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Omitting experimental data is often considered a violation of scientific integrity. If we consider experimental inquiry as a questioning process, omitting data is seen to be merely an example of tentatively rejecting ('bracketing') some of nature's answers. Such bracketing is not only occasionally permissible; sometimes it is mandated by optimal interrogative strategies. When to omit data is therefore a strategic rather than ethical question. These points are illustrated by reference to Milikan's oil drop experiment.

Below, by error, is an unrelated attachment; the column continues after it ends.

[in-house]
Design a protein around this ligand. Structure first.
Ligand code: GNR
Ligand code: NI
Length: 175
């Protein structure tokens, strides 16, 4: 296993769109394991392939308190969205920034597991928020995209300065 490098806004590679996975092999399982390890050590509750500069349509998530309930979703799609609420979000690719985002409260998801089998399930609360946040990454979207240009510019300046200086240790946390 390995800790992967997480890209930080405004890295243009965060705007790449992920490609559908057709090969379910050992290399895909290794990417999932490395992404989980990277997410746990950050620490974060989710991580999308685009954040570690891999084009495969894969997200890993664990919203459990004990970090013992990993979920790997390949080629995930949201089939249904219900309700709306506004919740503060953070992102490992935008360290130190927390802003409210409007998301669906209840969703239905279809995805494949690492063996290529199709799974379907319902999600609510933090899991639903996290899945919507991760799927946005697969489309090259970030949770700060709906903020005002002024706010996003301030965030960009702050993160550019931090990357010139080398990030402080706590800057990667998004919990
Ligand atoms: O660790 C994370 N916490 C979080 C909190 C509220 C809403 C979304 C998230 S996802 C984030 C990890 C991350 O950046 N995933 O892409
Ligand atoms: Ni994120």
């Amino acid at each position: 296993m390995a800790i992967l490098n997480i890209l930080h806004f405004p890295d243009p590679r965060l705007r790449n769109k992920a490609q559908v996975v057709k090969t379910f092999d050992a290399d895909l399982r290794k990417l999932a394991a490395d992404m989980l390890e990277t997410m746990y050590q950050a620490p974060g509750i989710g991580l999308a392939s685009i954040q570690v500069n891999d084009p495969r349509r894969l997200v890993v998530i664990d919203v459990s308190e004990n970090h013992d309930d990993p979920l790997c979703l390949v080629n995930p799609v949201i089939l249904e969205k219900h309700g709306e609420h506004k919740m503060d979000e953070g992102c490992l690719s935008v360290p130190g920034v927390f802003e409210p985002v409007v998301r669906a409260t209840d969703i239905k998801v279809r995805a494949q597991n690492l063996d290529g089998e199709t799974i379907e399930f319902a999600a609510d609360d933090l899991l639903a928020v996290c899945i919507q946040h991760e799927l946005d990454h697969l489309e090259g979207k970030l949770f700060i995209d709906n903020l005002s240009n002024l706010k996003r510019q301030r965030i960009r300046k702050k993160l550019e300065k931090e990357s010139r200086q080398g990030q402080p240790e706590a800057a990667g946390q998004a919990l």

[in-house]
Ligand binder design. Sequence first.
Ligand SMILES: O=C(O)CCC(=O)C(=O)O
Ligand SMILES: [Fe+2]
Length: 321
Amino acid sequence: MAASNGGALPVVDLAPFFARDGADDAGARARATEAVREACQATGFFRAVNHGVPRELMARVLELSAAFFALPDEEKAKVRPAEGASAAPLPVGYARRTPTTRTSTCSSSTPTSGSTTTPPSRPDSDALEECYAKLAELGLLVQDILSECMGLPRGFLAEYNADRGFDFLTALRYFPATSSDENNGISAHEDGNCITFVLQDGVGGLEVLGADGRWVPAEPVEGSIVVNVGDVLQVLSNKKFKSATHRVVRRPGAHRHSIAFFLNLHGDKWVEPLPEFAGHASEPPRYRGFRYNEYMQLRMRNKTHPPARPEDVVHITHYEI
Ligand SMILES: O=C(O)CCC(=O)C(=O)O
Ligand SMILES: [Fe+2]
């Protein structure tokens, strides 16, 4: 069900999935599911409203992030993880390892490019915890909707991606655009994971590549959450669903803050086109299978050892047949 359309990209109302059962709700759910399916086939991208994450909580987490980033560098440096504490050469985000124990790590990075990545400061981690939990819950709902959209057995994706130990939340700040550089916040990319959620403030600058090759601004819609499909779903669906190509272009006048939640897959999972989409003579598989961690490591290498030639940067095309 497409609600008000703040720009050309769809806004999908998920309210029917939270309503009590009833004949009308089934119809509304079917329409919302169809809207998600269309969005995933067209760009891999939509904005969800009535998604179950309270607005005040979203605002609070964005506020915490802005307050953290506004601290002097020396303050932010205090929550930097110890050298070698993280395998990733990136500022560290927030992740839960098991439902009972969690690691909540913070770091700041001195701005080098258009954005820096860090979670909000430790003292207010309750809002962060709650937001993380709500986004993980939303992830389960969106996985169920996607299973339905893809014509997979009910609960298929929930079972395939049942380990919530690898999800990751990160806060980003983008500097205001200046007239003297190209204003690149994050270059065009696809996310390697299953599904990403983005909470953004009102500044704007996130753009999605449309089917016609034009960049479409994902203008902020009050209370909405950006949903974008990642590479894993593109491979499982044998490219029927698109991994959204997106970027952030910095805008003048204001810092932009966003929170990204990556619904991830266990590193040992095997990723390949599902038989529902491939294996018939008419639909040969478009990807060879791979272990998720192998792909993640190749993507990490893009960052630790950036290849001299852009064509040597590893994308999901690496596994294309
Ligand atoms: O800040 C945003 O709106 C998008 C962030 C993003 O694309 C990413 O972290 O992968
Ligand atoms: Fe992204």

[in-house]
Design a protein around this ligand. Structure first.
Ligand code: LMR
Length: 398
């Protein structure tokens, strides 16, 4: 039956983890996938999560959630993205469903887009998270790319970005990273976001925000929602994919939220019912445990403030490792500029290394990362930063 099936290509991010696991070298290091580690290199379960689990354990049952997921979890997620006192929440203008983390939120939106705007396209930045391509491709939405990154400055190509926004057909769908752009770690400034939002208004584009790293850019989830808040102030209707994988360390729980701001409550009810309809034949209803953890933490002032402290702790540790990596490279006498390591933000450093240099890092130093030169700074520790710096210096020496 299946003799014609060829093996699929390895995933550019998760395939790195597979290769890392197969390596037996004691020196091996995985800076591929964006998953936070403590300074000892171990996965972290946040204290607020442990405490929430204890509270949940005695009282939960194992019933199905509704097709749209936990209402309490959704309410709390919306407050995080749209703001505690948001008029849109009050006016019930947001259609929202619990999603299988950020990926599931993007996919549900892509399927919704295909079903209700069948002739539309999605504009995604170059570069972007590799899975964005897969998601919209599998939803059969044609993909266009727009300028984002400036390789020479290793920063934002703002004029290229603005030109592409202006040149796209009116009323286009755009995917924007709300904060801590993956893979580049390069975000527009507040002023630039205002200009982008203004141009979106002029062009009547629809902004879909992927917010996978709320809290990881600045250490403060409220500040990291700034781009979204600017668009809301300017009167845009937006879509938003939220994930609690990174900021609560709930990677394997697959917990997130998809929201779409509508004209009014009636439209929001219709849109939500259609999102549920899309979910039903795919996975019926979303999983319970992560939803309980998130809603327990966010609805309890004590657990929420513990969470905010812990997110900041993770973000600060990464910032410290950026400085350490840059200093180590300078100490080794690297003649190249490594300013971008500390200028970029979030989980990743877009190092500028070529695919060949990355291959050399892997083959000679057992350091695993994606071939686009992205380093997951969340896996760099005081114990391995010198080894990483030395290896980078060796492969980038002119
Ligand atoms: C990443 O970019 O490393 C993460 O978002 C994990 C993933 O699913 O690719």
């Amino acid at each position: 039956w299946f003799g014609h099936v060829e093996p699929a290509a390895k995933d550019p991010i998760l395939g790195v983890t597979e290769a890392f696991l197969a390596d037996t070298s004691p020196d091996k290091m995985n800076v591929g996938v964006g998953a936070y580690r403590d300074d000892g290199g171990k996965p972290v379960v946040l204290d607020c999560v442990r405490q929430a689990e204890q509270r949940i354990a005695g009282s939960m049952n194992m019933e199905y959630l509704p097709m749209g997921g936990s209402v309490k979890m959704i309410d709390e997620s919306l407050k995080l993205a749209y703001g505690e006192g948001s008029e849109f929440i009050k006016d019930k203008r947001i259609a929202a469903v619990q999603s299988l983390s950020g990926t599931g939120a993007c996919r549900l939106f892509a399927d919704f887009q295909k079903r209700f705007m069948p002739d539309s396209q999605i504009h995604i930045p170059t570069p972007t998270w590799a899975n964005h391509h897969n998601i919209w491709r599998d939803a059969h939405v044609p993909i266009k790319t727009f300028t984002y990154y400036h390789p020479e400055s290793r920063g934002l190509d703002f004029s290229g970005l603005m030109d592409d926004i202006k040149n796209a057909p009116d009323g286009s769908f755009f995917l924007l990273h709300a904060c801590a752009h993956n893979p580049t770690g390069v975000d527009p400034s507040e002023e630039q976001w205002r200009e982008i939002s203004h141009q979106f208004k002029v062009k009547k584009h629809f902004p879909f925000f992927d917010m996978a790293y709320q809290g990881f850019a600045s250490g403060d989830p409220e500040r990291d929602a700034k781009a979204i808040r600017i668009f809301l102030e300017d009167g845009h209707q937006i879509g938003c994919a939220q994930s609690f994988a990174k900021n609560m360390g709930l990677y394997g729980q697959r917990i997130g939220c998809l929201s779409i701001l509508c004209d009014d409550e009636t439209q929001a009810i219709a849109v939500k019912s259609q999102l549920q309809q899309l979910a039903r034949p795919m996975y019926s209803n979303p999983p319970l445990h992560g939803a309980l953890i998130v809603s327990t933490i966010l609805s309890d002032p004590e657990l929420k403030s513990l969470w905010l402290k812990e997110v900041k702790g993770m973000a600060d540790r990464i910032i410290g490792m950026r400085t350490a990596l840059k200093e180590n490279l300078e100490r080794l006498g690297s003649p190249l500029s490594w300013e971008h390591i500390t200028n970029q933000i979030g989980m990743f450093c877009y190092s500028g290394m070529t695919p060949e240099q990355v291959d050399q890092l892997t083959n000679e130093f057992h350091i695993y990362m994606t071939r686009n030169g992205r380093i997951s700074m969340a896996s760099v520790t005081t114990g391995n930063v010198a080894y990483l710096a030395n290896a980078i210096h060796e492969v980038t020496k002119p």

Synthese © 2005 Springer